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Title: Cellulase production from spent sulfite liquor and paper-mill waste fiber

Abstract

Since a high proportion of the overall cost of the conversion of cellulosics to useful products is the expense of cellulose production (1), it is desirable to develop new processes for producing large amounts of cellulase inexpensively. So far, most of the research work on cellulose production has been carried out using milled cellulose powder and inorganic salts as substrates, which significantly increases the cost of enzyme production. In order to reduce the cost of raw materials, we tried to develop from industrial wastes a new medium for the production of cellulose. In this report, we describe a simple method by which an all-waste medium, which was composed of spent ammonium sulfite liquor and cellulosic waste of a paper mill, and a catabolite derepression mutant of Penicillium decumbens were used to produce the enzyme efficiently.

Authors:
; ; ;  [1]
  1. Shandong Univ. (China)
Publication Date:
Research Org.:
Oak Ridge National Lab., TN (United States); Badger Engineers, Inc., Tampa, FL (United States); Solar Energy Research Inst., Golden, CO (United States)
OSTI Identifier:
431594
Report Number(s):
CONF-900512-
TRN: 96:006510-0032
Resource Type:
Conference
Resource Relation:
Conference: 12. symposium on biotechnology fuels and chemicals, Gatlinburg, TN (United States), 7-11 May 1990; Other Information: PBD: 1991; Related Information: Is Part Of Twelfth symposium on biotechnology for fuels and chemicals; Greenbaum, E. [ed.] [Oak Ridge National Lab., TN (United States)]; Wyman, C.E. [ed.] [Solar Energy Research Inst., Golden, CO (United States)]; PB: 934 p.
Country of Publication:
United States
Language:
English
Subject:
32 ENERGY CONSERVATION, CONSUMPTION, AND UTILIZATION; 55 BIOLOGY AND MEDICINE, BASIC STUDIES; CELLULASE; BIOSYNTHESIS; CELLULOSE; CONVERSION; SPENT LIQUORS; BIOTECHNOLOGY; COST; INDUSTRIAL WASTES; PENICILLIUM; SUBSTRATES; PAPER INDUSTRY; WASTE MANAGEMENT

Citation Formats

Qu Yinbo, Zhao Xin, Gao Peiji, and Wang Zunong. Cellulase production from spent sulfite liquor and paper-mill waste fiber. United States: N. p., 1991. Web.
Qu Yinbo, Zhao Xin, Gao Peiji, & Wang Zunong. Cellulase production from spent sulfite liquor and paper-mill waste fiber. United States.
Qu Yinbo, Zhao Xin, Gao Peiji, and Wang Zunong. 1991. "Cellulase production from spent sulfite liquor and paper-mill waste fiber". United States. doi:.
@article{osti_431594,
title = {Cellulase production from spent sulfite liquor and paper-mill waste fiber},
author = {Qu Yinbo and Zhao Xin and Gao Peiji and Wang Zunong},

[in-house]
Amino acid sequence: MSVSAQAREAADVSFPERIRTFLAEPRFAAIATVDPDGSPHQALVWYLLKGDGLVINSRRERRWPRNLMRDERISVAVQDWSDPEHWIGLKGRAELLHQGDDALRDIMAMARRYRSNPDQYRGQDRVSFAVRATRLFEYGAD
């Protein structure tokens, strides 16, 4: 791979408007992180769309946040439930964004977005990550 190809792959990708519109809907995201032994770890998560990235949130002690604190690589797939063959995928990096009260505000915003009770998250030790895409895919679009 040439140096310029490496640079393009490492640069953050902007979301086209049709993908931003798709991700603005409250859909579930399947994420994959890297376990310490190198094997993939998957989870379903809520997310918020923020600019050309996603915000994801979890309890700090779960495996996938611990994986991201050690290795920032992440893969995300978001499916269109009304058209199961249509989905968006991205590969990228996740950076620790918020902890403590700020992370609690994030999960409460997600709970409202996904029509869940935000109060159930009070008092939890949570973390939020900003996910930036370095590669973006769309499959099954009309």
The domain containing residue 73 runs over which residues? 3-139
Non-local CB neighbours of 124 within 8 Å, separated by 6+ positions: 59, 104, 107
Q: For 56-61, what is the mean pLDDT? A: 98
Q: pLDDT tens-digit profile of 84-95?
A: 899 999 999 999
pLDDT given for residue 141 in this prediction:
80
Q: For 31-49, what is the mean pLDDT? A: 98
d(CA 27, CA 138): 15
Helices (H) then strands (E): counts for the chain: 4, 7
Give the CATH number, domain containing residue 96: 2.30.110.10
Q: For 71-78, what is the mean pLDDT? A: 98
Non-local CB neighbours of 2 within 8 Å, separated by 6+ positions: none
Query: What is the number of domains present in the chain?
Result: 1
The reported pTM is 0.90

abstractNote = {Since a high proportion of the overall cost of the conversion of cellulosics to useful products is the expense of cellulose production (1), it is desirable to develop new processes for producing large amounts of cellulase inexpensively. So far, most of the research work on cellulose production has been carried out using milled cellulose powder and inorganic salts as substrates, which significantly increases the cost of enzyme production. In order to reduce the cost of raw materials, we tried to develop from industrial wastes a new medium for the production of cellulose. In this report, we describe a simple method by which an all-waste medium, which was composed of spent ammonium sulfite liquor and cellulosic waste of a paper mill, and a catabolite derepression mutant of Penicillium decumbens were used to produce the enzyme efficiently.},
doi = {},
journal = {},
number = ,
volume = ,
place = {United States},
year = 1991,
month =
}

Conference:
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  • Some low-yield sulfite pulping operations ferment spent sulfite liquor (SSL) to remove biochemical oxygen demand associated with dissolved sugars while at the same time generating ethanol as a salable product. Simultaneous saccharification and fermentation (SSF) of primary clarifier sludge in a medium of SSL was proposed as a means of reducing the amount of sludge to be disposed of while at the same time increasing ethanol productivity. In this article, the option of fortifying existing SSL fermenting processes with the sugars produced via in situ enzymatic hydrolysis of sulfite primary clarifier sludge (PCS) has been explored. In 100% SSL PCSmore » hydrolysis rates as high as 3.4 g/(L{center_dot}h) were observed at an initial enzyme loading of 10 filter paper units (FPU)/g PCS. To reduce the deleterious effects of glucose inhibition, single-stage SSF was carried out using cellulose enzymes and Saccharomyces cerevisiae. The production rate of ethanol in SSL was increased by as much as 25% through the SSF process. 12 refs., 4 figs., 2 tabs.« less